Cape Blanco Lighthouse

Cape Blanco Lighthouse

Cape Blanco Lighthouse

We walked back to our car admiring all the seastacks to the north of Cape Blanco:

Cape Blanco State Park

We decided to walk the South Cape Trail that heads towards the campground.

Cape Blanco State Park

The clouds were starting to burn off:

Cape Blanco State Park

Cape Blanco State Park

And then poof, the sky was blue!

Cape Blanco State Park

There’s Humbug Mountain again. You can see that thing for miles around here:

Cape Blanco State Park

We found a nice grassy day use area at the campground and it was protected from the wind, so we sat here for awhile and enjoyed the beautiful view:

Cape Blanco State Park

Cape Blanco State Park

We headed into the campground to use the bathroom and spotted this rabbit. Cute!

Cape Blanco State Park

Back at the car the gate was now open, as was the visitor center, so we drove the road out to the lighthouse. I used my kestrel to measure the wind at 19 mph (that may not sound like much, but it is):

Cape Blanco Lighthouse

A sunny shot of the lighthouse, which was now open for tours:

Cape Blanco Lighthouse

After taking a spin through the visitor center we drove towards the Hughes House, first stopping at this pioneer cemetery:

Cape Blanco Cemetery

Cape Blanco Cemetery

Cape Blanco Cemetery

The Hughes House is a beautiful historic home. Here is what the Oregon Encyclopedia says

Built in 1898, the Patrick and Jane Hughes House in Curry County is a significant survivor of a large, prosperous ranch and dairy business operated by Patrick Hughes and his family. Located just north of the headland of Cape Blanco, the imposing house was built on an elevated terrace immediately south of the Sixes River, with a view of the ocean. It is considered the best preserved, largely unaltered, late nineteenth-century house in the county.

Hughes House

The house was staffed by two volunteers and open for visitors, so we took a look around:

Hughes House

Hughes House

Hughes House

Afterward we e drove down to a boat ramp area on the Sixes River just below the house and followed the Oregon Coast Trail to the northwest:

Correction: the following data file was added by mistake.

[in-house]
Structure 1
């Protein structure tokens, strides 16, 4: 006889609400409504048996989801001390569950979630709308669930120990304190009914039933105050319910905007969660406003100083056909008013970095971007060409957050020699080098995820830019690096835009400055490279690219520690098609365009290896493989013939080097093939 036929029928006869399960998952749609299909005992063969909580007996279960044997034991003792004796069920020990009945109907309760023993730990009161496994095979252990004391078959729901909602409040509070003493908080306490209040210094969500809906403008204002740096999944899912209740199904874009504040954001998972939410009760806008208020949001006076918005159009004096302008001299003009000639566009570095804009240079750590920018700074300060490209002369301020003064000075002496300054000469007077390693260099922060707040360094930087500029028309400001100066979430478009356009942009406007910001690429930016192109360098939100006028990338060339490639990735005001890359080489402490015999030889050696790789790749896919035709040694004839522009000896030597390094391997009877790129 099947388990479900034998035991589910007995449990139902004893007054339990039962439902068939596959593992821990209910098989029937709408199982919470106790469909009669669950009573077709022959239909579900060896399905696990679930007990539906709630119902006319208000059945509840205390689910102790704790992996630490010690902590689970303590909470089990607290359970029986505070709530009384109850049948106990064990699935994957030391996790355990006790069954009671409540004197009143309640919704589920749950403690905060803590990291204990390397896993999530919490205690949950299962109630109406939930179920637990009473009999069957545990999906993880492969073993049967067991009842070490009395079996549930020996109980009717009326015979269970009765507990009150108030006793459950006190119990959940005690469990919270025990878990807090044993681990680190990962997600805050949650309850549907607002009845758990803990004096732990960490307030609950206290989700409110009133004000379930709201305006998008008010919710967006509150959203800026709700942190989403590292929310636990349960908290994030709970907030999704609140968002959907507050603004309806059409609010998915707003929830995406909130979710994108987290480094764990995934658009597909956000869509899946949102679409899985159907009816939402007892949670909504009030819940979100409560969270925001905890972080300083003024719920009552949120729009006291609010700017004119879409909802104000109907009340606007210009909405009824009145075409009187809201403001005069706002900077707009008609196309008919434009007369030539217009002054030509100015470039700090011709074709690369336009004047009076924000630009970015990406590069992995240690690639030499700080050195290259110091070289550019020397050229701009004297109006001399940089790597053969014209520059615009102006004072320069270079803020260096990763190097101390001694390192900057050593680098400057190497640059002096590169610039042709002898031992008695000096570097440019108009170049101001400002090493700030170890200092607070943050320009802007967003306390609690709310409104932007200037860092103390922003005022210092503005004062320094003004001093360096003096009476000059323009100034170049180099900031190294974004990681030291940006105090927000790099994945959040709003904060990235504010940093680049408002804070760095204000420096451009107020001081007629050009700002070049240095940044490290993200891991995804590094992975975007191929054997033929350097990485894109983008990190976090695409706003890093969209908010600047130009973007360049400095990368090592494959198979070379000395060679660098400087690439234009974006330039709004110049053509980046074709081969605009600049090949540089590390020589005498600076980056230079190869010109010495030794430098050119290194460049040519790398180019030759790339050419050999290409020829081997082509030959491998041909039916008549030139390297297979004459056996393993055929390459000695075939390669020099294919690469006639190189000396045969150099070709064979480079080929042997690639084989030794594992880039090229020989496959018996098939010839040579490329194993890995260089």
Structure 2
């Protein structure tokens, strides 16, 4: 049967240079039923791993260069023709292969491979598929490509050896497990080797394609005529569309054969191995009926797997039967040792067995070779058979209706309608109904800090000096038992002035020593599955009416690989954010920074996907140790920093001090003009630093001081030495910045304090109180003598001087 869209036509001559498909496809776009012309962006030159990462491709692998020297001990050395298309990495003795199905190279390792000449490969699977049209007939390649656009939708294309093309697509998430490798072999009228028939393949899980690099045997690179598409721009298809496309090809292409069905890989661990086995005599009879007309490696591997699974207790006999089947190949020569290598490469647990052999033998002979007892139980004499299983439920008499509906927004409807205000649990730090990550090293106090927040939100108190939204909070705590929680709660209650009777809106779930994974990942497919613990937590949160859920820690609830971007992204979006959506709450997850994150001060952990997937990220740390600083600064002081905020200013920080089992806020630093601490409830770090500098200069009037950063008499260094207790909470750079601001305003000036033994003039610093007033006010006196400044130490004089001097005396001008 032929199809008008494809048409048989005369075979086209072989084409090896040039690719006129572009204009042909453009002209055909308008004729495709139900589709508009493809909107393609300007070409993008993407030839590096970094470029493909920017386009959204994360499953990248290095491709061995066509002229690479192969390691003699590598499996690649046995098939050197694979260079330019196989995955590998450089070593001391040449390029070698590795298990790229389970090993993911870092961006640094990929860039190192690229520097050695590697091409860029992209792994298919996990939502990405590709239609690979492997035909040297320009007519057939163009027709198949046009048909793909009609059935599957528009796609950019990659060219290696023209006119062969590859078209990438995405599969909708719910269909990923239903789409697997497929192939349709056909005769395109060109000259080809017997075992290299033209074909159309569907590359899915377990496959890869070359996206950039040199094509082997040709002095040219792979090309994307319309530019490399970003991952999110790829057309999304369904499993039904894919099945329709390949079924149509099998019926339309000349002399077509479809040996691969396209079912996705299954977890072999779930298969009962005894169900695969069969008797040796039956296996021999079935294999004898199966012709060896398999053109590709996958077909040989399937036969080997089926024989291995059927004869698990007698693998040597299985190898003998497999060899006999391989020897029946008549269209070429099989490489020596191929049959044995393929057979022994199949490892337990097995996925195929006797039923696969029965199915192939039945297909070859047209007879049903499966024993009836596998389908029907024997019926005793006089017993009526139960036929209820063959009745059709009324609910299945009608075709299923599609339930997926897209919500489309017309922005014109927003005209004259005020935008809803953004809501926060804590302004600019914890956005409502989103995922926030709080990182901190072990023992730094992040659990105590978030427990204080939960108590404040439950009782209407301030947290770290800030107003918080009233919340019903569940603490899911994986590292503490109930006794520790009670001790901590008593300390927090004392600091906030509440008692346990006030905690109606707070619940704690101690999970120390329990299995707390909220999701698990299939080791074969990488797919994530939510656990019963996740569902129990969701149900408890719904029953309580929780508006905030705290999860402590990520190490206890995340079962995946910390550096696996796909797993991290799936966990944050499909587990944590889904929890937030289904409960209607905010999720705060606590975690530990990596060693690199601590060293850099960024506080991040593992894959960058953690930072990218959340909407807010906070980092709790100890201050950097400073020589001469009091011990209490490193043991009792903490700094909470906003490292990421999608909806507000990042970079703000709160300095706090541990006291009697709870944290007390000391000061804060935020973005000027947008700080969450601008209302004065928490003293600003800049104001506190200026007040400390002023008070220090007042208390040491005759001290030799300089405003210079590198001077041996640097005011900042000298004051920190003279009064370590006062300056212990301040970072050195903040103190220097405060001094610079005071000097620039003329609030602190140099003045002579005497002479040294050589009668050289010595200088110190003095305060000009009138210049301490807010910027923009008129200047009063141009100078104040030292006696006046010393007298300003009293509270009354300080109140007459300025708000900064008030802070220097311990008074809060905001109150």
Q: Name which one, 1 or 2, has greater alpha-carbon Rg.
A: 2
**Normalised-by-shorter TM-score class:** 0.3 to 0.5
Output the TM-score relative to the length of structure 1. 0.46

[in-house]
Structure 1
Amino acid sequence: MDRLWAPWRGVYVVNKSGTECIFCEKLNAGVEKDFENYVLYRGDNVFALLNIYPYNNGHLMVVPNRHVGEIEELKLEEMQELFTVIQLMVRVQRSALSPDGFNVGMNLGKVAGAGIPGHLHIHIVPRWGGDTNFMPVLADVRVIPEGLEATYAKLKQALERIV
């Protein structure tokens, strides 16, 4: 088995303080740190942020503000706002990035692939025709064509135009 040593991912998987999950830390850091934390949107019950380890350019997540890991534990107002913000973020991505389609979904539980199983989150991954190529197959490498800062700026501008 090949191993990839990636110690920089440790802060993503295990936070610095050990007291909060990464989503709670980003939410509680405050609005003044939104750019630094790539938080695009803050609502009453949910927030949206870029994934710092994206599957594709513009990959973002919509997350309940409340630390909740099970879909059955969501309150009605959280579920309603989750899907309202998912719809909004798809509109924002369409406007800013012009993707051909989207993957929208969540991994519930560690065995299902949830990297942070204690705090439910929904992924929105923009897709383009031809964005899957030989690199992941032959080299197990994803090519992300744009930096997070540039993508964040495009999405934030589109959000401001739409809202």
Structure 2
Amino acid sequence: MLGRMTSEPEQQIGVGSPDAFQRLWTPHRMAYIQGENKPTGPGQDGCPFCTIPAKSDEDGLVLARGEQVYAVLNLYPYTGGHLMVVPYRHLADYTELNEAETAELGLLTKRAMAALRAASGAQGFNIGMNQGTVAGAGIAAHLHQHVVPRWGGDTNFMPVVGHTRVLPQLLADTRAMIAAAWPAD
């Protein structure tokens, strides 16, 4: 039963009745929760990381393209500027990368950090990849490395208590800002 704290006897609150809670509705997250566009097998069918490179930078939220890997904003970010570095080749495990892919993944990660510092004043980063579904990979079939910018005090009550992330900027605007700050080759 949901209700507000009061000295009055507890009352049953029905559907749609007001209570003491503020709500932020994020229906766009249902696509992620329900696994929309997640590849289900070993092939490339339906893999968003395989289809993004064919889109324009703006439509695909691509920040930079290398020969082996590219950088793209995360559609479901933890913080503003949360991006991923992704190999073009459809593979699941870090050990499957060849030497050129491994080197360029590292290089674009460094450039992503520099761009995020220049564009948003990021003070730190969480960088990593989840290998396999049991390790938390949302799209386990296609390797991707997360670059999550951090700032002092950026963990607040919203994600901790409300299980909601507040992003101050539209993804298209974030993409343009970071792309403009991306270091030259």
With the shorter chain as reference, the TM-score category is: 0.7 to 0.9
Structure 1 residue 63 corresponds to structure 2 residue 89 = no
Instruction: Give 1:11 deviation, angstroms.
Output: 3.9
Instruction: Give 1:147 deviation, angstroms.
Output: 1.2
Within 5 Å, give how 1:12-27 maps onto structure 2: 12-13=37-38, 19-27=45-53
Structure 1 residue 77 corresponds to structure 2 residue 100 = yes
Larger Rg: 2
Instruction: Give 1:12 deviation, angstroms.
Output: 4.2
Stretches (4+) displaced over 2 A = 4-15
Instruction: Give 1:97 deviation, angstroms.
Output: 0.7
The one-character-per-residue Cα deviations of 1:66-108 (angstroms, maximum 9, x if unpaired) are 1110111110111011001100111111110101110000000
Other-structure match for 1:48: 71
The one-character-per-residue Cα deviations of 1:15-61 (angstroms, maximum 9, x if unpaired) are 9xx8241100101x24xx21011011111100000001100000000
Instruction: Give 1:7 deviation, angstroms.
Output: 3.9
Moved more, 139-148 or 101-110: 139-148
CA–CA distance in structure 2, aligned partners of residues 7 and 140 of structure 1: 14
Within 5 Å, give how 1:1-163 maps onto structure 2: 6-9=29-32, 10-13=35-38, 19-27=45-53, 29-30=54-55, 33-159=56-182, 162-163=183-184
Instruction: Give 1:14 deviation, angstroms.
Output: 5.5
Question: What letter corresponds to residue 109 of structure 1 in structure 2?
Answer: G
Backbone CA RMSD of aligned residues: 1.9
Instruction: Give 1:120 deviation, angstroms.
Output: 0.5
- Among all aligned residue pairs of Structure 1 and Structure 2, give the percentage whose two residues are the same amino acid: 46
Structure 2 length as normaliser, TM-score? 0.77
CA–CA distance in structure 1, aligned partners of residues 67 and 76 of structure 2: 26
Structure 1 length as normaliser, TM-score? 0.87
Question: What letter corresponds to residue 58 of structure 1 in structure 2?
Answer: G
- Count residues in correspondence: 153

Oregon Coast Trail

We passed through a gate with a sign for the Castle Beach Trail:

Oregon Coast Trail

Oregon Coast Trail

The windswept beach was littered with a whole bunch of driftwood. It felt like a lonely and seldom-visited place, but very beautiful:

Cape Blanco State Park

We had a view of Cape Sebastian and the lighthouse:

Cape Blanco State Park

To the north was Castle Rock and the mouth of the Sixes River:

Sixes River

There were lots of birds out on Gull Rock:

Gull Rock

We found shelter from the wind behind a large log and Deb took a little cat nap with a glove serving as sun protection for her face:

IMG_6424

Hiking back to the car we could see the mountains to the east:

Oregon Coast Trail

The trail passes through some pasture areas and we saw sheep who wanted nothing to do with us:

Oregon Coast Trail

Back at the boat ramp we checked out the Sixes River:

Sixes River

After stopping for a bite to eat in Port Orford we drove out to Port Orford Heads State Park. The Lifeboat Station museum was about to close, so we stopped in there first. The Port Orford Lifeboat Station (#318) operated from 1934 to 1970. The Coast Guard men who were stationed here responded to distress signals from ships off the coast, and launched their lifeboats from Nellie’s Cove to go rescue the crews. Today the old barracks serves as a museum documenting this history (you can also read more about it here):

Port Orford Heads

They have a self-righting lifeboat on display outside:

Port Orford Heads

After that we set out on the trail to do a short loop hike around the heads (hike described here):

Port Orford Heads

From the trail you can look down on Nellie’s Cove, where the boathouse used to be when this was a lifeboat station. The cove is 300 feet below the barracks and other buildings, so the men had to descend 500+ steps to get down here to their boats. The boathouse burned in 1970 and all that remain are the pilings and the concrete breakwater:

Port Orford Heads

This was a really idyllic spot! We were protected from the wind here, the water was a beautiful blue-green (these photos don’t do it justice, and the sun was shining). We also saw a harbor seal swimming in the water below, which was a treat.

Port Orford Heads

We tore ourselves away and continued on our loop. We got yet another view of Humbug Mountain:

Port Orford Heads

This is where the 37-foot watch tower used to stand. A man would be stationed here watching for distress flares from a floundering ship and when he spotted one he would use his emergency phone to alert the men at the station so they could launch a boat to go rescue the sailors:

Port Orford Heads

View to the west:

Port Orford Heads

We saw a whole bunch of iris on this little hike:

Port Orford Heads

And some larkspur:

Port Orford Heads

We hiked the Headland Trail out to this point where it was VERY windy. That’s Cape Blanco in the distance:

Port Orford Heads

Port Orford Heads

Hiking back on the Headland Trail:

Port Orford Heads

What a beautiful day! Back at camp that evening we had a nice campfire with the seasoned wood we got in town:

Campfire